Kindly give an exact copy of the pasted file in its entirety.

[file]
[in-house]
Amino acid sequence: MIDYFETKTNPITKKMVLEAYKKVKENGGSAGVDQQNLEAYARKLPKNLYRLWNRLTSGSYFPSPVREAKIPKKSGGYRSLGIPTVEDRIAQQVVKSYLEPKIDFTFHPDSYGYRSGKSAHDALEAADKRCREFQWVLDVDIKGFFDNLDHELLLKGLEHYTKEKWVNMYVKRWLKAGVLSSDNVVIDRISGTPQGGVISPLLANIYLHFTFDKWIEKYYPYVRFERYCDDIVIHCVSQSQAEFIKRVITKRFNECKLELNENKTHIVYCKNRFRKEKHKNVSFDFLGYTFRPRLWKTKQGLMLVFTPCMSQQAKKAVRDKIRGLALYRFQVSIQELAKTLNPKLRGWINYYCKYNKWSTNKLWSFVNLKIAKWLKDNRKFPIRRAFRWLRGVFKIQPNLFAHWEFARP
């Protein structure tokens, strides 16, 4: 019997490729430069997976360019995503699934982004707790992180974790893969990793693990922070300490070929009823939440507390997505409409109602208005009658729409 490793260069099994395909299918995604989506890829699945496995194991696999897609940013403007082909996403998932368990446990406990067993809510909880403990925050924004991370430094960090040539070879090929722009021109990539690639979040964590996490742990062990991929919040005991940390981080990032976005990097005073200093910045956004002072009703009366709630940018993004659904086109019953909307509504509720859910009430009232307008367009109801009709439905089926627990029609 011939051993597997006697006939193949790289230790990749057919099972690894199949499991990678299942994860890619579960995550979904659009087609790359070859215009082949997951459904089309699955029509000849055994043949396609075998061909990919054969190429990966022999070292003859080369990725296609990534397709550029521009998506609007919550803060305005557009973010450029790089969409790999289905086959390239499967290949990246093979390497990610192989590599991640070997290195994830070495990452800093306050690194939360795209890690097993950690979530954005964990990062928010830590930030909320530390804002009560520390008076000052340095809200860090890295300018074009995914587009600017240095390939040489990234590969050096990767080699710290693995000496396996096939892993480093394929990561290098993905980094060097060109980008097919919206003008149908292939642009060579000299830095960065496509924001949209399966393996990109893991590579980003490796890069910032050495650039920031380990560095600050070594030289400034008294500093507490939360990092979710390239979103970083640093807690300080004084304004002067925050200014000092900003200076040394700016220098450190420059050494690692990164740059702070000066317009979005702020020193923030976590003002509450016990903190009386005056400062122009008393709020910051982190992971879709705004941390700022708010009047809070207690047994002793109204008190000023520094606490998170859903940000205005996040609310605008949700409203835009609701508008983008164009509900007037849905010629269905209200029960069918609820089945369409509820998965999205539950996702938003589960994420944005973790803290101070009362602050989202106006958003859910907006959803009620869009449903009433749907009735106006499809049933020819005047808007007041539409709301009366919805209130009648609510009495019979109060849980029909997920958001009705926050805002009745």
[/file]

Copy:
[in-house]
Amino acid sequence: MIDYFETKTNPITKKMVLEAYKKVKENGGSAGVDQQNLEAYARKLPKNLYRLWNRLTSGSYFPSPVREAKIPKKSGGYRSLGIPTVEDRIAQQVVKSYLEPKIDFTFHPDSYGYRSGKSAHDALEAADKRCREFQWVLDVDIKGFFDNLDHELLLKGLEHYTKEKWVNMYVKRWLKAGVLSSDNVVIDRISGTPQGGVISPLLANIYLHFTFDKWIEKYYPYVRFERYCDDIVIHCVSQSQAEFIKRVITKRFNECKLELNENKTHIVYCKNRFRKEKHKNVSFDFLGYTFRPRLWKTKQGLMLVFTPCMSQQAKKAVRDKIRGLALYRFQVSIQELAKTLNPKLRGWINYYCKYNKWSTNKLWSFVNLKIAKWLKDNRKFPIRRAFRWLRGVFKIQPNLFAHWEFARP
């Protein structure tokens, strides 16, 4: 019997490729430069997976360019995503699934982004707790992180974790893969990793693990922070300490070929009823939440507390997505409409109602208005009658729409 490793260069099994395909299918995604989506890829699945496995194991696999897609940013403007082909996403998932368990446990406990067993809510909880403990925050924004991370430094960090040539070879090929722009021109990539690639979040964590996490742990062990991929919040005991940390981080990032976005990097005073200093910045956004002072009703009366709630940018993004659904086109019953909307509504509720859910009430009232307008367009109801009709439905089926627990029609 011939051993597997006697006939193949790289230790990749057919099972690894199949499991990678299942994860890619579960995550979904659009087609790359070859215009082949997951459904089309699955029509000849055994043949396609075998061909990919054969190429990966022999070292003859080369990725296609990534397709550029521009998506609007919550803060305005557009973010450029790089969409790999289905086959390239499967290949990246093979390497990610192989590599991640070997290195994830070495990452800093306050690194939360795209890690097993950690979530954005964990990062928010830590930030909320530390804002009560520390008076000052340095809200860090890295300018074009995914587009600017240095390939040489990234590969050096990767080699710290693995000496396996096939892993480093394929990561290098993905980094060097060109980008097919919206003008149908292939642009060579000299830095960065496509924001949209399966393996990109893991590579980003490796890069910032050495650039920031380990560095600050070594030289400034008294500093507490939360990092979710390239979103970083640093807690300080004084304004002067925050200014000092900003200076040394700016220098450190420059050494690692990164740059702070000066317009979005702020020193923030976590003002509450016990903190009386005056400062122009008393709020910051982190992971879709705004941390700022708010009047809070207690047994002793109204008190000023520094606490998170859903940000205005996040609310605008949700409203835009609701508008983008164009509900007037849905010629269905209200029960069918609820089945369409509820998965999205539950996702938003589960994420944005973790803290101070009362602050989202106006958003859910907006959803009620869009449903009433749907009735106006499809049933020819005047808007007041539409709301009366919805209130009648609510009495019979109060849980029909997920958001009705926050805002009745």